Asymmetric Business-Cycle Risk and Social Insurance

73 Pages Posted: 7 May 2018

See all articles by Christopher Busch

Christopher Busch

Autonomous University of Barcelona - MOVE (Markets, Organizations and Votes in Economics)

Fatih Guvenen

University of Minnesota - Department of Economics; National Bureau of Economic Research (NBER)

David Domeij

Stockholm School of Economics - Department of Economics

Rocio Madera

Southern Methodist University (SMU) - Economics Department

Date Written: May 2018

Abstract

This paper studies the business-cycle variation in higher-order (labor) income risk—that is, risks that are captured by moments higher than the variance. We examine the extent to which such risks can be smoothed within households or with government social insurance and tax policies. We use panel data from three countries that differ in many aspects relevant for our analysis: the United States, Germany, and Sweden. Our analysis has three main results. First, using individual gross income, we document that skewness is procyclical and dispersion (variance) is flat and acyclical in Germany and Sweden, as was previously documented for the United States. The same patterns hold true for groups defined by education, gender, public- versus private-sector jobs, among others. Second, household-level income displays cyclical patterns that are very similar to individual income, indicating that within-household smoothing is not very effective at mitigating business cycle fluctuations in skewness. Third, government tax and transfer programs blunt some of the largest declines in incomes, reducing procyclical fluctuations in skewness, especially in Germany and Sweden. The resulting welfare gain—through the lens of a structural model—amounts to 1.3% in consumption-equivalent terms for Sweden (for which we are able to perform this calculation). However, the remaining risk (in household disposable income) is still substantial: households are willing to pay 4.6% of their consumption to completely eliminate procyclical fluctuations in skewness.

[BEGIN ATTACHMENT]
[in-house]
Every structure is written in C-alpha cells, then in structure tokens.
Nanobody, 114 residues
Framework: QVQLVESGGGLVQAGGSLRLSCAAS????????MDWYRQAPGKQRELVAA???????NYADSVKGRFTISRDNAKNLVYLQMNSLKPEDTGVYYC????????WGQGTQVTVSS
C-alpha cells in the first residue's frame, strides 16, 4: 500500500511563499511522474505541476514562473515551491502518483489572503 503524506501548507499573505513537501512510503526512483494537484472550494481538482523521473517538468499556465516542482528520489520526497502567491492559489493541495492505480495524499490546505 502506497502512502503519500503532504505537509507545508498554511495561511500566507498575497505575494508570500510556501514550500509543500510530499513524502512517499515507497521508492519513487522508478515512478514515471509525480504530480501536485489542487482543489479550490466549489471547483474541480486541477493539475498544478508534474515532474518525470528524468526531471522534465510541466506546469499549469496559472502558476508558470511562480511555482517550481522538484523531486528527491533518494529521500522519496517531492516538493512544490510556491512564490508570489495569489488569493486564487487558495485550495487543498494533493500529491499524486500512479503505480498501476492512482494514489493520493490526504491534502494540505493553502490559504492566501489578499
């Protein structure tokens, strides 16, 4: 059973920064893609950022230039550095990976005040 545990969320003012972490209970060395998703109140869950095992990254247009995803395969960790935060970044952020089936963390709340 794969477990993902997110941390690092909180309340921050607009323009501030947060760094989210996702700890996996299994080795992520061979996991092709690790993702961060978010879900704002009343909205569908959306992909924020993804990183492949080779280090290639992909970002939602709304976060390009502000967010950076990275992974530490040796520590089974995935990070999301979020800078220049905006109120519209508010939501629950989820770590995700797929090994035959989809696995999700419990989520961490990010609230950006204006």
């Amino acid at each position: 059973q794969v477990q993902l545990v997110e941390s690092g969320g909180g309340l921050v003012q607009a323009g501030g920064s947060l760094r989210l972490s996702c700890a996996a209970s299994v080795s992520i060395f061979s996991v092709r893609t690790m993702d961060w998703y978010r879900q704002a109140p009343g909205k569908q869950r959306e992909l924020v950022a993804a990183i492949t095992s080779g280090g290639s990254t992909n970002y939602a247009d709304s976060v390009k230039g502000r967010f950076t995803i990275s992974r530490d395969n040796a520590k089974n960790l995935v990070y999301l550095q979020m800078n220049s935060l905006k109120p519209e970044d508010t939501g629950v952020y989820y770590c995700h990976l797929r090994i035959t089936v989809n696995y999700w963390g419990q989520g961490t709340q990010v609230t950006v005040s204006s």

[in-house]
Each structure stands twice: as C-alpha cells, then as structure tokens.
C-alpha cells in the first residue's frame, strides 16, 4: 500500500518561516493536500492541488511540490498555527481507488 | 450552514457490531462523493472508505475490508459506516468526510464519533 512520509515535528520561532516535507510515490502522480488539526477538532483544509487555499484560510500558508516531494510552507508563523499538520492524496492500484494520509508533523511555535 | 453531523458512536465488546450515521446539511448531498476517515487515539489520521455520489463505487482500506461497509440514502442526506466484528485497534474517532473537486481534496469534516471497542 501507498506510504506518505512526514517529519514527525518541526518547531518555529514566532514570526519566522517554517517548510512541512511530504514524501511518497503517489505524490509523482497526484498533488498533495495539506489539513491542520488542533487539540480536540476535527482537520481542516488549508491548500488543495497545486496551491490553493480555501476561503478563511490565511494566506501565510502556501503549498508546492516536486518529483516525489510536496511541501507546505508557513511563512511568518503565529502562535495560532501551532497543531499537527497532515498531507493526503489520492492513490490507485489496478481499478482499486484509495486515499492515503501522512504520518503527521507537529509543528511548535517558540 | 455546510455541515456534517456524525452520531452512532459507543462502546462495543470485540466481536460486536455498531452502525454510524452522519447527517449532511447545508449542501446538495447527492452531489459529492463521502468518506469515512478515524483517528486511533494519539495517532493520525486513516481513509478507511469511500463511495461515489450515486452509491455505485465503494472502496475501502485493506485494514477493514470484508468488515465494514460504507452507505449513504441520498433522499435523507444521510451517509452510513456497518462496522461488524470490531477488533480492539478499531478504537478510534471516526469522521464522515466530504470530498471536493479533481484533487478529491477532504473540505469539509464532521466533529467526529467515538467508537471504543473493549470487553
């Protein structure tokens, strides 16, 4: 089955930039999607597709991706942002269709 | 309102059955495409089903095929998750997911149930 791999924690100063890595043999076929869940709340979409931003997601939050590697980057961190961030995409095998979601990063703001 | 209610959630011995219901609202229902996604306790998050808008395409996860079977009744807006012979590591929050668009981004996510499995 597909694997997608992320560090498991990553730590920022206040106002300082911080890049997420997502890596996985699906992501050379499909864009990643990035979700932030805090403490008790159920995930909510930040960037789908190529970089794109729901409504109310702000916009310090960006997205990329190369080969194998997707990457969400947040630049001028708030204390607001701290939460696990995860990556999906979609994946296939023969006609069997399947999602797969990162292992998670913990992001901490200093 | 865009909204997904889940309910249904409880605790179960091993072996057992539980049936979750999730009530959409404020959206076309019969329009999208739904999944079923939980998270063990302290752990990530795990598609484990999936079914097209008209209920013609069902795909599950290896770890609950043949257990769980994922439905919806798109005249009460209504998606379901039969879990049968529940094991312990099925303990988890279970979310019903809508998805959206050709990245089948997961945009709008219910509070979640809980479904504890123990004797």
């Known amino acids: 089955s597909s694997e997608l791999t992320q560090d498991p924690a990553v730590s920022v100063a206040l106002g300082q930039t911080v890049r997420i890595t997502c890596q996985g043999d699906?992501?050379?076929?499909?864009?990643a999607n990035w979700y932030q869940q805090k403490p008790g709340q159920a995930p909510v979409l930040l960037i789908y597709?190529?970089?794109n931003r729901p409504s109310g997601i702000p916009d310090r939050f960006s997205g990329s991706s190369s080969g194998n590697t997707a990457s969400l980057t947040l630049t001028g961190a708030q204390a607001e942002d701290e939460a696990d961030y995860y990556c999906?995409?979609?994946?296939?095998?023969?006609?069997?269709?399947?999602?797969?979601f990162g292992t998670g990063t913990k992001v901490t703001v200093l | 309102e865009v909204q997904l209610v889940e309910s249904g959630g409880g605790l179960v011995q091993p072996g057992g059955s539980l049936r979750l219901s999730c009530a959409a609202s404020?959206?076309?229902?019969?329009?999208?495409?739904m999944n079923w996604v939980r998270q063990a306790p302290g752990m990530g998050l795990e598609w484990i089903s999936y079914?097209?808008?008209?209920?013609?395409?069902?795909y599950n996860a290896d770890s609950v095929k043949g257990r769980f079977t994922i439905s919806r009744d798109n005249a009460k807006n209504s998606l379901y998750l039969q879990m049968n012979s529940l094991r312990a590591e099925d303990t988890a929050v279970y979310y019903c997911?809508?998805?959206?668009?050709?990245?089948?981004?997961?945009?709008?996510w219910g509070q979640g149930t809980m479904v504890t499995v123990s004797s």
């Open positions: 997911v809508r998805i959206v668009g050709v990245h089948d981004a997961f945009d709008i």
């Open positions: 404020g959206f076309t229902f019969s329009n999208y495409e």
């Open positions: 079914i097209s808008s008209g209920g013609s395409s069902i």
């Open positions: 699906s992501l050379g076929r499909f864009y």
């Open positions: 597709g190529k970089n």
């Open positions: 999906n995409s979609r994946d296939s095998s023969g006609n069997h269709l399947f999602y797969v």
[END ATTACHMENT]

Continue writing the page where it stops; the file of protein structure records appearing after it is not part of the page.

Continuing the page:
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Suggested Citation

Busch, Christopher and Guvenen, Fatih and Domeij, David and Madera, Rocio, Asymmetric Business-Cycle Risk and Social Insurance (May 2018). NBER Working Paper No. w24569. Available at SSRN: https://ssrn.com/abstract=3174501

Christopher Busch (Contact Author)

Autonomous University of Barcelona - MOVE (Markets, Organizations and Votes in Economics) ( email )

Campus de Bellaterra-UAB Edifici B (s/n)
EDIFICI B
Cerdanyola del Vallès
, Barcelona 08193
Spain

Fatih Guvenen

University of Minnesota - Department of Economics ( email )

Minneapolis, MN 55455
United States

National Bureau of Economic Research (NBER) ( email )

1050 Massachusetts Avenue
Cambridge, MA 02138
United States

David Domeij

Stockholm School of Economics - Department of Economics ( email )

P.O. Box 6501
Sveavagen 65
S-113 83 Stockholm
Sweden
46 8 736 9215 (Phone)
46 8 313 207 (Fax)

Rocio Madera

Southern Methodist University (SMU) - Economics Department ( email )

United States

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